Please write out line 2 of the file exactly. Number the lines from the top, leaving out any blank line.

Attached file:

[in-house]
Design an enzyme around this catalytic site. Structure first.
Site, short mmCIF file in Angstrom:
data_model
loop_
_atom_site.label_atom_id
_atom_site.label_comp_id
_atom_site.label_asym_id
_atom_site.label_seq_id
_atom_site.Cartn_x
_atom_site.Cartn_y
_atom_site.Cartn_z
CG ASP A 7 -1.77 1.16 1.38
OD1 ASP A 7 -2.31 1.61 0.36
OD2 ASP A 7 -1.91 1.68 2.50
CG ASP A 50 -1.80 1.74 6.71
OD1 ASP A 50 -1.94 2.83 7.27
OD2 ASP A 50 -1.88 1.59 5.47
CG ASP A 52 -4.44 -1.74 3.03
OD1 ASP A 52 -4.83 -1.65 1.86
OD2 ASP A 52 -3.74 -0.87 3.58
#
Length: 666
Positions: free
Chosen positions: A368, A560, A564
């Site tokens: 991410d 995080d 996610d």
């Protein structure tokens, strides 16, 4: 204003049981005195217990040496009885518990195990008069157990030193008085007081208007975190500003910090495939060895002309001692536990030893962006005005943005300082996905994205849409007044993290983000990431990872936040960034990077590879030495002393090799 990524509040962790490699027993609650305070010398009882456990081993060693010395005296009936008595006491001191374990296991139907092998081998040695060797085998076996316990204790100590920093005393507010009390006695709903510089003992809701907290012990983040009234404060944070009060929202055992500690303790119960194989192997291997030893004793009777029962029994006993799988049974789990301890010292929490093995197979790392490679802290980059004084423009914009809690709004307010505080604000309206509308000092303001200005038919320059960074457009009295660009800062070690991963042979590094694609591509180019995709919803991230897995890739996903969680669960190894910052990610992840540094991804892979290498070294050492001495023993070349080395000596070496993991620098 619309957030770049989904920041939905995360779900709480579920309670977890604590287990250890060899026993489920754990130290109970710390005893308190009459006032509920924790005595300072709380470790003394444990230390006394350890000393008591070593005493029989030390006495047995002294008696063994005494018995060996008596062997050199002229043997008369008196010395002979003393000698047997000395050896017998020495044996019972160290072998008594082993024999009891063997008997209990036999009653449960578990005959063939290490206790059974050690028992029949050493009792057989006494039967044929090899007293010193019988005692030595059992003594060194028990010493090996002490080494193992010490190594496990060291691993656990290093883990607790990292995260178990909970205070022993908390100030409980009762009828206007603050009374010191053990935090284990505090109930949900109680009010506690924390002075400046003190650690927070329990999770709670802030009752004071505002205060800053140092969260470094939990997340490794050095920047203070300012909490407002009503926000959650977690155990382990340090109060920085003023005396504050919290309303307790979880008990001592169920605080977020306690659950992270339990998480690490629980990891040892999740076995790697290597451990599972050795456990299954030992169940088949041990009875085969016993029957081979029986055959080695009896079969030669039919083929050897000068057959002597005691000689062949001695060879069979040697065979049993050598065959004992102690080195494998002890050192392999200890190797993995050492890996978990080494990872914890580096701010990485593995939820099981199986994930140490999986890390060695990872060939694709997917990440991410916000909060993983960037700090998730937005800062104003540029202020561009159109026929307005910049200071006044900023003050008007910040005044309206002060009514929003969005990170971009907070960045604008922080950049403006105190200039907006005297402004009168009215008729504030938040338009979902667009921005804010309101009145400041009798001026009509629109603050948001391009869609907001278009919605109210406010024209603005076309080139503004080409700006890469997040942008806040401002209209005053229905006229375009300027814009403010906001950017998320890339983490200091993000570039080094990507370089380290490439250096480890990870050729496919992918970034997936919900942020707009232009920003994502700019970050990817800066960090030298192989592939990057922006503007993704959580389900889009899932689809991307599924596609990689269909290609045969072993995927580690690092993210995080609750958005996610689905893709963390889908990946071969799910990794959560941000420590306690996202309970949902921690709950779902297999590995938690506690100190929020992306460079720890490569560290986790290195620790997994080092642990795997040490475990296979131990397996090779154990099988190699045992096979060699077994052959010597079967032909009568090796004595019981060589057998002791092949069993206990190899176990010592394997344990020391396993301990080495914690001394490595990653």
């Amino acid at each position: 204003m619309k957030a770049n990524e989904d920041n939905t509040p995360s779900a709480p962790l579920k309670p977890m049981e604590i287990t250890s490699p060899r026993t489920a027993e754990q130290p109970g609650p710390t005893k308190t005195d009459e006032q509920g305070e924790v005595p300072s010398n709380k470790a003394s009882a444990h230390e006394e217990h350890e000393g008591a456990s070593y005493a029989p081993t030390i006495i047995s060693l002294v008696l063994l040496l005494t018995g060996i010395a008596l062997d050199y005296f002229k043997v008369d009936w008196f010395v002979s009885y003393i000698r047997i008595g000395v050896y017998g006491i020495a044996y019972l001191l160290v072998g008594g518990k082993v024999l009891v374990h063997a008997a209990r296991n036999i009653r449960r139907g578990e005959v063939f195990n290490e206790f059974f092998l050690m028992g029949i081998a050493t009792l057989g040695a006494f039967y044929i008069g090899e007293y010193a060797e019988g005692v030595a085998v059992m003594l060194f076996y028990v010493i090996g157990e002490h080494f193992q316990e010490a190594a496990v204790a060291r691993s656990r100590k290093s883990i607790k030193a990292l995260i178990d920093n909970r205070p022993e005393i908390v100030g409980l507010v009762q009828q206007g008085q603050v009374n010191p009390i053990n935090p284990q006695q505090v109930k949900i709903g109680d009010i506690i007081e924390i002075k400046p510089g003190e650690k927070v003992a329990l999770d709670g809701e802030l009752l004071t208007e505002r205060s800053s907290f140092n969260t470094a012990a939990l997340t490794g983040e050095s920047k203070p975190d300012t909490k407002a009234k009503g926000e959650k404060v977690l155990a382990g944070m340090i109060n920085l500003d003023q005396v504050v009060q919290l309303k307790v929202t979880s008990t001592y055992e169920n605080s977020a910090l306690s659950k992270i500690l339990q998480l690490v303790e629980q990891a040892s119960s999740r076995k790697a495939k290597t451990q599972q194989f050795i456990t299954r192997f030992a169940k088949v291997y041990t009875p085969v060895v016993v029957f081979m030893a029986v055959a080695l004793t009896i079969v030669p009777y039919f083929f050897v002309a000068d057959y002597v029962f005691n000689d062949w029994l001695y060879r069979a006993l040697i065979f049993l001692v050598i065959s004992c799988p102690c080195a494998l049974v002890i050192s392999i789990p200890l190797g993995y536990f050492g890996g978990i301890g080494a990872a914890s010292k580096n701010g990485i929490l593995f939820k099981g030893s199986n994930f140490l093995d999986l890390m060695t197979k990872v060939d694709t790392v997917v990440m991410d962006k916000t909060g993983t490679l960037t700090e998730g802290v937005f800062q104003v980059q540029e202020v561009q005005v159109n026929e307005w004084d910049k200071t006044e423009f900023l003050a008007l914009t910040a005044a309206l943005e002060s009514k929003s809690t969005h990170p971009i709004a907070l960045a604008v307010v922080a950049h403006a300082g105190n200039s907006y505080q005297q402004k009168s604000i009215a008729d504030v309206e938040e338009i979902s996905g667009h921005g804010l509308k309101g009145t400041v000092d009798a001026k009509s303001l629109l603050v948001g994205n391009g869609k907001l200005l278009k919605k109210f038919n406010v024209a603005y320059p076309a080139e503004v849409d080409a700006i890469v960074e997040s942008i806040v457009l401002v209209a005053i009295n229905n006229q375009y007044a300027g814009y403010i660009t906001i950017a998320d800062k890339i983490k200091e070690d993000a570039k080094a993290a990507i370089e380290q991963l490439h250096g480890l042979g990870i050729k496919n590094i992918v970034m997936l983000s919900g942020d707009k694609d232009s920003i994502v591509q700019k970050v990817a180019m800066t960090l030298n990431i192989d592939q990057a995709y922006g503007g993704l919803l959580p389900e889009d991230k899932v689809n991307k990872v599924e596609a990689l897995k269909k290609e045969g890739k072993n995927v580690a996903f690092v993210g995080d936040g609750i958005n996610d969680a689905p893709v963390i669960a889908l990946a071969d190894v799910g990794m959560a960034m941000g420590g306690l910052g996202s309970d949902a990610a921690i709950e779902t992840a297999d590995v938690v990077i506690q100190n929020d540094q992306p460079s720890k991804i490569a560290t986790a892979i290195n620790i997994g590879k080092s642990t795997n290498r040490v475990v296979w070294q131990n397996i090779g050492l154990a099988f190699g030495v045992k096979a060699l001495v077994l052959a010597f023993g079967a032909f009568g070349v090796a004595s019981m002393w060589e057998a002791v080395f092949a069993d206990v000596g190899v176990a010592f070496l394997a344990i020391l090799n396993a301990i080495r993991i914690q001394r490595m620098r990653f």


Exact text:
Design an enzyme around this catalytic site. Structure first.